Geothermal energy

Operation of geothermal energy in power plants and homes

Operation of geothermal energy in power plants and homes

Geothermal energy generation is a process that allows us to harness the heat contained within the Earth to produce electricity and provide heating and cooling efficiently and sustainably.

In this article, we will explain in detail the geothermal energy generation process and how the earth's heat is transformed into electricity.

Operation of a geothermal power plant

Operation of geothermal energy in power plants and homesGeothermal plants are thermal power plants that use thermal energy from underground to generate electricity.

Below we explain how this geothermal process works:

1. Geothermal heat collection

The first crucial step in the geothermal energy generation process is the collection of geothermal heat. To do this, geothermal wells are drilled into the Earth, which can vary in depth depending on the region and the availability of geothermal heat.

The deeper you drill, the higher the temperature of the geothermal fluid collected. The heat comes from the decay of radioactive elements and waste heat from the formation of the Earth.

2. Recirculation of geothermal fluid

Once the geothermal fluid has been collected, it is pumped to the surface. This fluid can be hot water, steam or a mixture of both.

The geothermal fluid is often under pressure due to high temperatures in the subsurface. The pressure can be exploited to bring the fluid to the surface without the need for additional pumps, increasing the efficiency of the process.

3. Electricity generation

Operation of geothermal energy in power plants and homesThe collected geothermal fluid is directed to a geothermal power plant, where it is used to heat a second fluid, which is generally an organic Rankine cycle coolant.

This second fluid vaporizes due to the heat of the geothermal fluid and turns into high-pressure steam. The steam generated drives a turbine connected to an electrical generator.

The turbine transforms the kinetic energy of the steam into mechanical energy, which, in turn, is converted into electricity through the generator.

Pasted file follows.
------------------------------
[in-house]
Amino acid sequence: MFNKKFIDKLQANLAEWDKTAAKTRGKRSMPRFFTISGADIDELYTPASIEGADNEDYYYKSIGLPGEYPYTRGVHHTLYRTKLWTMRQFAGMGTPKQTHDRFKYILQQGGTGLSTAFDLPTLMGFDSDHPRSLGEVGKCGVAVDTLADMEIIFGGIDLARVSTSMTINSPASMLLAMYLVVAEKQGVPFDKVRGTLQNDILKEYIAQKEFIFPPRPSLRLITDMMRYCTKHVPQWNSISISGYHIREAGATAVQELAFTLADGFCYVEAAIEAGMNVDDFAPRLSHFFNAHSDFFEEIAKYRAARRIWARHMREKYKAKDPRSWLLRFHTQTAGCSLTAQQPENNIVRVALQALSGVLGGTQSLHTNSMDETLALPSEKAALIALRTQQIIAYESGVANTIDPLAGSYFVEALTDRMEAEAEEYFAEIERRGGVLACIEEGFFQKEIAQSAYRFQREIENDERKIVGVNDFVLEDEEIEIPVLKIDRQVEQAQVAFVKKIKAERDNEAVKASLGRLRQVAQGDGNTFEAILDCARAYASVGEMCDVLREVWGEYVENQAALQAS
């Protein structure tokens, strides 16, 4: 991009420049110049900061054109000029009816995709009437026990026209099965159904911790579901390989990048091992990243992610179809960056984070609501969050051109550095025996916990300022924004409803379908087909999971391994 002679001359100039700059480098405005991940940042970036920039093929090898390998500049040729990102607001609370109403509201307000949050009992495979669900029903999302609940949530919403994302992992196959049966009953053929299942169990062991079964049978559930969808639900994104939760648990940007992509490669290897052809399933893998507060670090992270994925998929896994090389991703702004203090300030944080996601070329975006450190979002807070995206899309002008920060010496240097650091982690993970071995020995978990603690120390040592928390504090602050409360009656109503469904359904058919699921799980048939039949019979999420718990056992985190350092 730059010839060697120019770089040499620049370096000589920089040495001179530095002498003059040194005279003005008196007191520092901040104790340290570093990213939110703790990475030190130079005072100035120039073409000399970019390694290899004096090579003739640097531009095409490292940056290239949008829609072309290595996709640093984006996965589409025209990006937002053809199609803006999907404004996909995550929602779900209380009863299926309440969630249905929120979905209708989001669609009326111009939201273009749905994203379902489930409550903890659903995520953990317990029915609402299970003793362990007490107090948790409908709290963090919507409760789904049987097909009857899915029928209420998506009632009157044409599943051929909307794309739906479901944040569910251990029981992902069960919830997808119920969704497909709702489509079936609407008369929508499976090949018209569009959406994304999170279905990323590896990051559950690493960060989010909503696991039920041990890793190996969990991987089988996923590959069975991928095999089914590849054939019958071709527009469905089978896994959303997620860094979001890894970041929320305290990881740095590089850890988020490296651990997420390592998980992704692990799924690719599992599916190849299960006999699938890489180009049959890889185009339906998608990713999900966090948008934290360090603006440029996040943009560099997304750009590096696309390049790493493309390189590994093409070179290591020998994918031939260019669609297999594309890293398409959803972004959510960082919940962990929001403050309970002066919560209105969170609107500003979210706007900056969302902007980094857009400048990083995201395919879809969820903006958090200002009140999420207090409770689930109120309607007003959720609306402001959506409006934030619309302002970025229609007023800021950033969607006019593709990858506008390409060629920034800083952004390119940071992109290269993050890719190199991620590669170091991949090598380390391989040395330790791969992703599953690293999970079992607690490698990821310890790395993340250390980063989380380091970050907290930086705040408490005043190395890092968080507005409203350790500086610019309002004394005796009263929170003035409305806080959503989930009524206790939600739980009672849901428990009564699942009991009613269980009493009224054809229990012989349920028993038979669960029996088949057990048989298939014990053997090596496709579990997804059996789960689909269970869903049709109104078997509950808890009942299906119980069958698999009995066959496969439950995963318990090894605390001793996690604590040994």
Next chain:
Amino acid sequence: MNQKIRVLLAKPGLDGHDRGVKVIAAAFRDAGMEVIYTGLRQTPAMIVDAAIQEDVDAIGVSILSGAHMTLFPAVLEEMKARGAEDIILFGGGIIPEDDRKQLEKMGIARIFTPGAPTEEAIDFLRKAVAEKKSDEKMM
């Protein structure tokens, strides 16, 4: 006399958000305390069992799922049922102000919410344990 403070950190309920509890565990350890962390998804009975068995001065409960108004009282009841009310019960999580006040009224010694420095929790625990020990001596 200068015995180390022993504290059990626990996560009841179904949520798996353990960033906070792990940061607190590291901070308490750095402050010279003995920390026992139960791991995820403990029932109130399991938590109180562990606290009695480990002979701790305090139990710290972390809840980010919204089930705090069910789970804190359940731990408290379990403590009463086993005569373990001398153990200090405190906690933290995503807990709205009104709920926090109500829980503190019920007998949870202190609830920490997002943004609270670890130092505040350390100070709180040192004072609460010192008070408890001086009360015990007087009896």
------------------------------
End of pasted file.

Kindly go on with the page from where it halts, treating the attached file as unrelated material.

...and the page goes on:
4. Condensation and steam recirculation

After driving the turbine, the steam is cooled and condensed in a condenser. The condensation of the vapor turns it back into liquid, ready to be recirculated back into the system.

This recirculation of the fluid guarantees that the process is cyclical and continuous, without the need to consume more geothermal resources.

In this process, no water is consumed or carbon dioxide is released into the atmosphere, making it a very environmentally friendly energy generation method.

5. Electricity distribution

The electricity generated at the geothermal plant is distributed through the electrical grid and is used to power homes, industries, and a wide range of consumers.

The key advantage of geothermal energy here is its ability to provide electricity continuously, as it is not dependent on weather conditions, unlike intermittent energy sources such as solar and wind energy.

How geothermal energy works in a home

Operation of geothermal energy in power plants and homesHarnessing geothermal energy for homes involves the use of geothermal heating and cooling systems, also known as geothermal heat pumps, to regulate the temperature inside homes efficiently and sustainably.

These systems take advantage of the constant soil temperature at a certain depth to heat in winter and cool in summer.

Here's how this process works:

1. Geothermal heat capture

In a geothermal home heating and cooling system, pipes or loops are installed buried in the ground, usually to a depth of around 1.5 to 2 meters or more. These pipes are filled with coolant, which is a mixture of water and antifreeze. As the liquid circulates through the pipes, it absorbs heat from the ground in winter.

2. Heat transfer

The coolant absorbs heat from the ground and carries it back to the home's heating system. In a reverse refrigeration cycle, absorbed heat is transferred to the air inside the home through a heat exchanger, raising the temperature in the home.

3. Heat distribution

The thermal energy transferred to the air is distributed through ducts or radiators in the home, providing heat throughout the living space.

4. Cooling in summer

During the warmer months, the geothermal heating and cooling system can operate in reverse mode, that is, as a cooling system. In this case, heat from the indoor air is transferred to the coolant and then dissipated into the ground. This cools the air in the home.

Publication Date: December 15, 2017
Last Revision: October 26, 2023